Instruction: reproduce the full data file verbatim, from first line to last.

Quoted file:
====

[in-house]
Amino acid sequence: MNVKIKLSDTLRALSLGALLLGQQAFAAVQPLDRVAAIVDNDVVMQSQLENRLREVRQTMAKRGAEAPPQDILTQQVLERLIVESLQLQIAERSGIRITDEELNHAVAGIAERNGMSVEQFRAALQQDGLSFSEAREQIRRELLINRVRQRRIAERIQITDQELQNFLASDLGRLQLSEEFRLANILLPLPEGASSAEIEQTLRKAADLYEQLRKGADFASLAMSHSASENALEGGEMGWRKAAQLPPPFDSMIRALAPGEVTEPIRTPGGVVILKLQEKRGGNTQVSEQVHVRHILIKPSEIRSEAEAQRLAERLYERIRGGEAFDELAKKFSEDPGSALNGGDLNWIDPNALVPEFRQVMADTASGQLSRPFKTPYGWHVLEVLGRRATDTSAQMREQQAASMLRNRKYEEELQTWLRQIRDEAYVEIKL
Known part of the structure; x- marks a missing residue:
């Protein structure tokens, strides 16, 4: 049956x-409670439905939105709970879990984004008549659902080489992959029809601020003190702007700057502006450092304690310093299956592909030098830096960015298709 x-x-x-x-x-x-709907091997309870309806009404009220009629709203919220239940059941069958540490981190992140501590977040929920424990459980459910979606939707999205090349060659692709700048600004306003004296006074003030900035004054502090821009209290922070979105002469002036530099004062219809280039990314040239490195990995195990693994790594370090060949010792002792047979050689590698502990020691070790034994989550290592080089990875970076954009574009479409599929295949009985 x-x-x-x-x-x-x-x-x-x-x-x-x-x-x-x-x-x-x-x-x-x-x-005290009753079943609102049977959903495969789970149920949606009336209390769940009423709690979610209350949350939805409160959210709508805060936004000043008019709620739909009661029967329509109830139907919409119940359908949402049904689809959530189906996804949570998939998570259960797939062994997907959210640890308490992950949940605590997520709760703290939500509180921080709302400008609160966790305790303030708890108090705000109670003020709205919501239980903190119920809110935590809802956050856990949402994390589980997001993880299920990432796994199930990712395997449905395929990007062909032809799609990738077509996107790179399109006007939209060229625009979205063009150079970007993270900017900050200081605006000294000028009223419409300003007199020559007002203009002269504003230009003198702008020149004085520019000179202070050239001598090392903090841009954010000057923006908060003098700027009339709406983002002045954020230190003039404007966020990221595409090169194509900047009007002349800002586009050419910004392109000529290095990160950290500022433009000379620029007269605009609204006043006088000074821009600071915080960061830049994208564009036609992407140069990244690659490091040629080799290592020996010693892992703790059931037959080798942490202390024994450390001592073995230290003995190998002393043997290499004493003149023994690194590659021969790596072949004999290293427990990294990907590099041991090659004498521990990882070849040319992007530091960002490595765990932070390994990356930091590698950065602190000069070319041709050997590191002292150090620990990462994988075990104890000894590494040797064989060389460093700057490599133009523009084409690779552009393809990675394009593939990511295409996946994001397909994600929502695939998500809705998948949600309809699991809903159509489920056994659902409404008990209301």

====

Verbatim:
[in-house]
Amino acid sequence: MNVKIKLSDTLRALSLGALLLGQQAFAAVQPLDRVAAIVDNDVVMQSQLENRLREVRQTMAKRGAEAPPQDILTQQVLERLIVESLQLQIAERSGIRITDEELNHAVAGIAERNGMSVEQFRAALQQDGLSFSEAREQIRRELLINRVRQRRIAERIQITDQELQNFLASDLGRLQLSEEFRLANILLPLPEGASSAEIEQTLRKAADLYEQLRKGADFASLAMSHSASENALEGGEMGWRKAAQLPPPFDSMIRALAPGEVTEPIRTPGGVVILKLQEKRGGNTQVSEQVHVRHILIKPSEIRSEAEAQRLAERLYERIRGGEAFDELAKKFSEDPGSALNGGDLNWIDPNALVPEFRQVMADTASGQLSRPFKTPYGWHVLEVLGRRATDTSAQMREQQAASMLRNRKYEEELQTWLRQIRDEAYVEIKL
Known part of the structure; x- marks a missing residue:
């Protein structure tokens, strides 16, 4: 049956x-409670439905939105709970879990984004008549659902080489992959029809601020003190702007700057502006450092304690310093299956592909030098830096960015298709 x-x-x-x-x-x-709907091997309870309806009404009220009629709203919220239940059941069958540490981190992140501590977040929920424990459980459910979606939707999205090349060659692709700048600004306003004296006074003030900035004054502090821009209290922070979105002469002036530099004062219809280039990314040239490195990995195990693994790594370090060949010792002792047979050689590698502990020691070790034994989550290592080089990875970076954009574009479409599929295949009985 x-x-x-x-x-x-x-x-x-x-x-x-x-x-x-x-x-x-x-x-x-x-x-005290009753079943609102049977959903495969789970149920949606009336209390769940009423709690979610209350949350939805409160959210709508805060936004000043008019709620739909009661029967329509109830139907919409119940359908949402049904689809959530189906996804949570998939998570259960797939062994997907959210640890308490992950949940605590997520709760703290939500509180921080709302400008609160966790305790303030708890108090705000109670003020709205919501239980903190119920809110935590809802956050856990949402994390589980997001993880299920990432796994199930990712395997449905395929990007062909032809799609990738077509996107790179399109006007939209060229625009979205063009150079970007993270900017900050200081605006000294000028009223419409300003007199020559007002203009002269504003230009003198702008020149004085520019000179202070050239001598090392903090841009954010000057923006908060003098700027009339709406983002002045954020230190003039404007966020990221595409090169194509900047009007002349800002586009050419910004392109000529290095990160950290500022433009000379620029007269605009609204006043006088000074821009600071915080960061830049994208564009036609992407140069990244690659490091040629080799290592020996010693892992703790059931037959080798942490202390024994450390001592073995230290003995190998002393043997290499004493003149023994690194590659021969790596072949004999290293427990990294990907590099041991090659004498521990990882070849040319992007530091960002490595765990932070390994990356930091590698950065602190000069070319041709050997590191002292150090620990990462994988075990104890000894590494040797064989060389460093700057490599133009523009084409690779552009393809990675394009593939990511295409996946994001397909994600929502695939998500809705998948949600309809699991809903159509489920056994659902409404008990209301």